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What does this mean(Generics)

P: n/a
Hello!

It says "Another limitation that you need to be aware of is that using the
operator == and != are
only permitted when comparing a value of a type supplied to a generic type
to null.
That is, the following code works.
Here if T is a value type then it is always assumed to be non-null, so in
the above
code Compare always return true;"

The question is what does they mean with the text saying "using the operator
== and != are
only permitted when comparing a value of a type supplied to a generic type
to null."

public bool Compare(T op1, T op2)
{
if (op1 != null && op2 != null)
{
return true;
}
else
{
return false;
}
}

//Tony
Jun 27 '08 #1
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14 Replies


P: n/a
On Jun 18, 1:17*pm, "Tony" <johansson.anders...@telia.comwrote:
It says "Another limitation that you need to be aware of is that using the
operator == and != are
only permitted when comparing a value of a type supplied to a generic type
to null.
That is, the following code works.
Here if T is a value type then it is always assumed to be non-null, so in
the above
code Compare always return true;"

The question is what does they mean with the text saying "using the operator
== and != are
only permitted when comparing a value of a type supplied to a generic type
to null."
It means that if T is unconstrained you can't do:

T foo = ...;
T bar = ...;

if (foo == bar)

If you constrain T to be a reference type (i.e. use "where T : class")
then reference identity comparisons will be used and you can compare
two values

If you constrain T to be derived from a type which overloads == and !=
then those overloads will be used. This is *not* polymorphic - only
overloads the compiler can guarantee at compile-time are used. For
instance, if you had a constraint "T : IEnumerable<char>" and used
"string" then == would still mean reference identity, rather than
using the == overloaded for string.

Jon
Jun 27 '08 #2

P: n/a
What I find interesting about this example is that if you constrain T
to be a “struct” then you will get a compile error.

So why is it that when T its unconstrained and it can be a “class” –
or- **struct** you don’t get a compile error?
On Jun 18, 7:24*am, "Jon Skeet [C# MVP]" <sk...@pobox.comwrote:
On Jun 18, 1:17*pm, "Tony" <johansson.anders...@telia.comwrote:
It says "Another limitation that you need to be aware of is that using the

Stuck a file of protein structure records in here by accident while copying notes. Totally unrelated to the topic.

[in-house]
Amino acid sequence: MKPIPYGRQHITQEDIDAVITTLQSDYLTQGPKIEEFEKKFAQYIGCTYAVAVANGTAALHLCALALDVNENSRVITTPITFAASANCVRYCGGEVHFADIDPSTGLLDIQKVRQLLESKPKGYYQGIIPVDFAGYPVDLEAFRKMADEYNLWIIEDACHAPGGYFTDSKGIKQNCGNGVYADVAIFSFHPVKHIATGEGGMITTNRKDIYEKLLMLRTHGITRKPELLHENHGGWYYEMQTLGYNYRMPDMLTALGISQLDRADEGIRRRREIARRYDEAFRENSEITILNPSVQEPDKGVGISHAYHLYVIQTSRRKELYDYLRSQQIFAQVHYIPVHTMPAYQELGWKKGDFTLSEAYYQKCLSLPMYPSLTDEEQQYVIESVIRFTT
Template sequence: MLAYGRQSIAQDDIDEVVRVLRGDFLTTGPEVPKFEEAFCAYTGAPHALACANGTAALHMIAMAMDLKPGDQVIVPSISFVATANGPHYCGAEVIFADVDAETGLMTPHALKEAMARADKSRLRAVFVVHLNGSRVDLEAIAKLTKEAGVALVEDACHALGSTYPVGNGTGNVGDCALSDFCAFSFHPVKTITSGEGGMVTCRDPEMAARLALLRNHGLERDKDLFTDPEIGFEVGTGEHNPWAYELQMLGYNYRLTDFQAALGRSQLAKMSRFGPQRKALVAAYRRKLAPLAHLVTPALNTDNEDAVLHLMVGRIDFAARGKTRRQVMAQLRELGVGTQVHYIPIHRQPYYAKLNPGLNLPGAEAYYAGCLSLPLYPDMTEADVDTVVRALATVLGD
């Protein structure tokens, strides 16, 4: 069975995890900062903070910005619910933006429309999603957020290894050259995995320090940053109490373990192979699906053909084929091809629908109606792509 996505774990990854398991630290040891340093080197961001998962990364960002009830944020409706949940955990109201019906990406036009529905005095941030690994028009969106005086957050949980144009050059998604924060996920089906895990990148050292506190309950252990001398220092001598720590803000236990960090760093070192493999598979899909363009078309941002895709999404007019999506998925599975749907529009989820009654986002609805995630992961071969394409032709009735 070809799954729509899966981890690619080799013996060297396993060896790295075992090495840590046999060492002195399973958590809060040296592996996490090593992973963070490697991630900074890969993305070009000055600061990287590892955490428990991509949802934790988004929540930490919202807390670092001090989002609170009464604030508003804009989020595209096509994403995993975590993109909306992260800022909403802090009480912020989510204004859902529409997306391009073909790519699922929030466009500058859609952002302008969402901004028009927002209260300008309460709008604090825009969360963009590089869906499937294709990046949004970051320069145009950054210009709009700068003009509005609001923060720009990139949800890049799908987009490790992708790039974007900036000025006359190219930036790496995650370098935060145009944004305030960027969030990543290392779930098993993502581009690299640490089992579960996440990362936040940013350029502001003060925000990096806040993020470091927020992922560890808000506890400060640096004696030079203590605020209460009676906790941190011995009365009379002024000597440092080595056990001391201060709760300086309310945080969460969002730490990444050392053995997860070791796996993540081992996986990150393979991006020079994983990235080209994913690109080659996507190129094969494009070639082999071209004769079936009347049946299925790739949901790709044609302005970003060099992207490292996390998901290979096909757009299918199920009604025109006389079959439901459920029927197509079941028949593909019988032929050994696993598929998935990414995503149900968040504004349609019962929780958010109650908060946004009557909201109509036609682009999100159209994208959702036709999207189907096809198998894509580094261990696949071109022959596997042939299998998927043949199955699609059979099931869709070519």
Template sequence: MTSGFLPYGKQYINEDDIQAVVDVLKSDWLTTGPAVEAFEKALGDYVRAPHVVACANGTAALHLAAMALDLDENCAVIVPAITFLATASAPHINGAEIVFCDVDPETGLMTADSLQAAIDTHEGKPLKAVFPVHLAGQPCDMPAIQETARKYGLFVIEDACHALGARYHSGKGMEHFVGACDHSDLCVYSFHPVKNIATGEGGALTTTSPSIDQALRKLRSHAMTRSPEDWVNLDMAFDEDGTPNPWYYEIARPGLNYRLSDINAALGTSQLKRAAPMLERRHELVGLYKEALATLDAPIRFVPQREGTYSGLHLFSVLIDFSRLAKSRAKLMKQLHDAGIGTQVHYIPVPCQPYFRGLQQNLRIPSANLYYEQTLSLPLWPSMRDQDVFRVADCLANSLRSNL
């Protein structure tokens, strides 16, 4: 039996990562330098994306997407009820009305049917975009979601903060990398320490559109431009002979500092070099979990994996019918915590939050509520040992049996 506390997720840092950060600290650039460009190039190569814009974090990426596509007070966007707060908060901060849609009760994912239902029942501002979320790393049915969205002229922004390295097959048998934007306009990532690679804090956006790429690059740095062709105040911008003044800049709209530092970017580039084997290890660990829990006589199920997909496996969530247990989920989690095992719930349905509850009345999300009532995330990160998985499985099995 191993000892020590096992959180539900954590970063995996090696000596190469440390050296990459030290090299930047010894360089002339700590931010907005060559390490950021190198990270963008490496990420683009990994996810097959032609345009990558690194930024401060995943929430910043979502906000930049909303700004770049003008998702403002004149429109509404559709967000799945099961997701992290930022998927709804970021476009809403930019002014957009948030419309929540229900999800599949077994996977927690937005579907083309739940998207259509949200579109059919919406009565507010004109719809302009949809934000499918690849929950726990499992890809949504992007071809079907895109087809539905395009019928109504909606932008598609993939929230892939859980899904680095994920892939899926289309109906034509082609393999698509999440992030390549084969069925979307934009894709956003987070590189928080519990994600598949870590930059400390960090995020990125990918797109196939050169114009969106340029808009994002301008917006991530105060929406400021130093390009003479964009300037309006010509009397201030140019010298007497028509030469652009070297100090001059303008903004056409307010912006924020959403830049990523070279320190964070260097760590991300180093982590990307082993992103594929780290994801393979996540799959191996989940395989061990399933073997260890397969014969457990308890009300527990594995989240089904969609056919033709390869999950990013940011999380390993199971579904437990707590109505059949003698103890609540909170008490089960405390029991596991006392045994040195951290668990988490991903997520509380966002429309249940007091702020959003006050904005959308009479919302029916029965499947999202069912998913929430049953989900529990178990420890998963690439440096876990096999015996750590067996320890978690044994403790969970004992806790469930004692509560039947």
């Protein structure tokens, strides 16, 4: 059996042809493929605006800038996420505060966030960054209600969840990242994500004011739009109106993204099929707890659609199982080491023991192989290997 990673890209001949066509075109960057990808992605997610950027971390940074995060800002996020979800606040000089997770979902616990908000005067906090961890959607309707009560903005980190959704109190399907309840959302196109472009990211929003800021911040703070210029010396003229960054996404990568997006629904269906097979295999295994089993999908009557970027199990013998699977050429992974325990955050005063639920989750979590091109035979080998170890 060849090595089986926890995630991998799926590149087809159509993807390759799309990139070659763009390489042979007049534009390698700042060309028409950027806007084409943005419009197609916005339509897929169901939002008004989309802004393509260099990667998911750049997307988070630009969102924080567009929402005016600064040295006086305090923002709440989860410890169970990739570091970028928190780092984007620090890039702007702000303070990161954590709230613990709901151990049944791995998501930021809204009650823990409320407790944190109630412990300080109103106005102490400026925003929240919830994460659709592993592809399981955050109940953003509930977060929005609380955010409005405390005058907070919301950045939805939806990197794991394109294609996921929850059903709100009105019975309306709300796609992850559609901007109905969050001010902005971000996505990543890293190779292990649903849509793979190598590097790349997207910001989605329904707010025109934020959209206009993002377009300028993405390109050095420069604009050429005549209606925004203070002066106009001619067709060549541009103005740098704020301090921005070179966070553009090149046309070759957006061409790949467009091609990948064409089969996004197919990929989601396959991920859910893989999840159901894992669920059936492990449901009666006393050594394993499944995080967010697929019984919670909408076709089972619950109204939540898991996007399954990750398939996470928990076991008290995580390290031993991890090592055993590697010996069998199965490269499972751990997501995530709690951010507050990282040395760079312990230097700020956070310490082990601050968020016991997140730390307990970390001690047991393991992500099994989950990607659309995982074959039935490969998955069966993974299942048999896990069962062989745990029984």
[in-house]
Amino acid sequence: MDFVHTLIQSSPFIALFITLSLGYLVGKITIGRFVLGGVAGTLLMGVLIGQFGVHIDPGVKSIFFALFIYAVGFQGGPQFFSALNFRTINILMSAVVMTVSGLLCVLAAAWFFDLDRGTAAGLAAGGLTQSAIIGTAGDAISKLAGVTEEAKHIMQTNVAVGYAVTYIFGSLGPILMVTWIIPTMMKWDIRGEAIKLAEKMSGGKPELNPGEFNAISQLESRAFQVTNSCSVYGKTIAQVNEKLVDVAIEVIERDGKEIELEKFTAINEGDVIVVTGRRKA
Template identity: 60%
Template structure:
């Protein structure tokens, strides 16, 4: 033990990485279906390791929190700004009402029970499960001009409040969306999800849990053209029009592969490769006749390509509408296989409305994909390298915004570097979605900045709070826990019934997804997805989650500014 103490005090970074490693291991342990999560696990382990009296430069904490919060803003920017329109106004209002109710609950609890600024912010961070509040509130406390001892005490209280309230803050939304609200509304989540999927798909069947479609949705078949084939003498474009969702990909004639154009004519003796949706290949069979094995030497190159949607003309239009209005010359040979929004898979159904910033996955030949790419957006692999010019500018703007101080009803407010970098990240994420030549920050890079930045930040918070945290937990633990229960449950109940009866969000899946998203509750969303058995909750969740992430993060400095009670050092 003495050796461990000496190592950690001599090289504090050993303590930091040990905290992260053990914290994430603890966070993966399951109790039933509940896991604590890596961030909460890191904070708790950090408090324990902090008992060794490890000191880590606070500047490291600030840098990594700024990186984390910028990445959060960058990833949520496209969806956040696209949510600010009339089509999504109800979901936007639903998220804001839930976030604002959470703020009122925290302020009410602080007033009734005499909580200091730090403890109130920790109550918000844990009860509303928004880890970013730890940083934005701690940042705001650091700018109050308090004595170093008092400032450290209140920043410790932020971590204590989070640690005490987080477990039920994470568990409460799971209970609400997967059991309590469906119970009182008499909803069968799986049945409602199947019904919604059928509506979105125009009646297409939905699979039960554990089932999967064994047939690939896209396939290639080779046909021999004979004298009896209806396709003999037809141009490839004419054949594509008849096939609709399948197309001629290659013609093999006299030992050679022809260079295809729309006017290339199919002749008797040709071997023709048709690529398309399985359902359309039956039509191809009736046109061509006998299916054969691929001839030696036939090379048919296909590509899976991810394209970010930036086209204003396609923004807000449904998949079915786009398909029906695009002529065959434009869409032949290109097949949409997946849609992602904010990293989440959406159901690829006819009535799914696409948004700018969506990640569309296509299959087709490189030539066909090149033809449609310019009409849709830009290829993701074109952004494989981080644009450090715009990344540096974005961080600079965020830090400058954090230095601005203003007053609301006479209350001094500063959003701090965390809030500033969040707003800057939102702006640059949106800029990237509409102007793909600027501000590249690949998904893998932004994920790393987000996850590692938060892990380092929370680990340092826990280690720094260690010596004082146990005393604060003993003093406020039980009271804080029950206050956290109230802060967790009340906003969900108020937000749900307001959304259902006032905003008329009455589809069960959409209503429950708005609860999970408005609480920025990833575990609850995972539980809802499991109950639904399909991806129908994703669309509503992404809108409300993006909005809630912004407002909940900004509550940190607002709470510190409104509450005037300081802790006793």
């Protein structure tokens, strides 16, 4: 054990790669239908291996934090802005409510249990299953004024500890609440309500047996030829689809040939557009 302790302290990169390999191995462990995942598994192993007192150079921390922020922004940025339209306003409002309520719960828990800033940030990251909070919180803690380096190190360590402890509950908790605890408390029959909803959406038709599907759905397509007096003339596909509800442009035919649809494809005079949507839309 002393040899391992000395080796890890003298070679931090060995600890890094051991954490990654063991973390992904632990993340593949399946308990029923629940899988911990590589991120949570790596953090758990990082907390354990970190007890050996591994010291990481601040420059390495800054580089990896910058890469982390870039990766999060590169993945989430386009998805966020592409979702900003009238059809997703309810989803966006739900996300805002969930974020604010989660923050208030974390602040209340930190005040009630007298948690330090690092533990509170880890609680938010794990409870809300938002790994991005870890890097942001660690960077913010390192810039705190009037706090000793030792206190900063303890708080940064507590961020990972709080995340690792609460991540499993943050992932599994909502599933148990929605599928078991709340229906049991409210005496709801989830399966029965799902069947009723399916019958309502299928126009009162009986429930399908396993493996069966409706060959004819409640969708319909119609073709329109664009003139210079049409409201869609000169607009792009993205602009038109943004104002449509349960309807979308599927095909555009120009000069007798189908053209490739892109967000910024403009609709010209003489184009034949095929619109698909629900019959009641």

operator == and != are
only permitted when comparing a value of a type supplied to a generic type
to null.
That is, the following code works.
Here if T is a value type then it is always assumed to be non-null, so in
the above
code Compare always return true;"
The question is what does they mean with the text saying "using the operator
== and != are
only permitted when comparing a value of a type supplied to a generic type
to null."

It means that if T is unconstrained you can't do:

T foo = ...;
T bar = ...;

if (foo == bar)

If you constrain T to be a reference type (i.e. use "where T : class")
then reference identity comparisons will be used and you can compare
two values

If you constrain T to be derived from a type which overloads == and !=
then those overloads will be used. This is *not* polymorphic - only
overloads the compiler can guarantee at compile-time are used. For
instance, if you had a constraint "T : IEnumerable<char>" and used
"string" then == would still mean reference identity, rather than
using the == overloaded for string.

Jon
Jun 27 '08 #3

P: n/a
<qg**********@mailinator.comwrote:
What I find interesting about this example is that if you constrain T
to be a =3Fstruct=3F then you will get a compile error.

So why is it that when T its unconstrained and it can be a =3Fclass=3F =3F
or- **struct** you don=3Ft get a compile error?
When it's unconstrained and at execution time T is a struct, then the
comparison with null always fails - even for default(T). (That's a
handy way of telling at execution time whether or not it *is* a struct,
in fact.)

If you explicitly constrain it to being a struct, then the comparison
is pointless as you always know the answer.

--
Jon Skeet - <sk***@pobox.com>
Web site: http://www.pobox.com/~skeet
Blog: http://www.msmvps.com/jon.skeet
C# in Depth: http://csharpindepth.com
Jun 27 '08 #4

P: n/a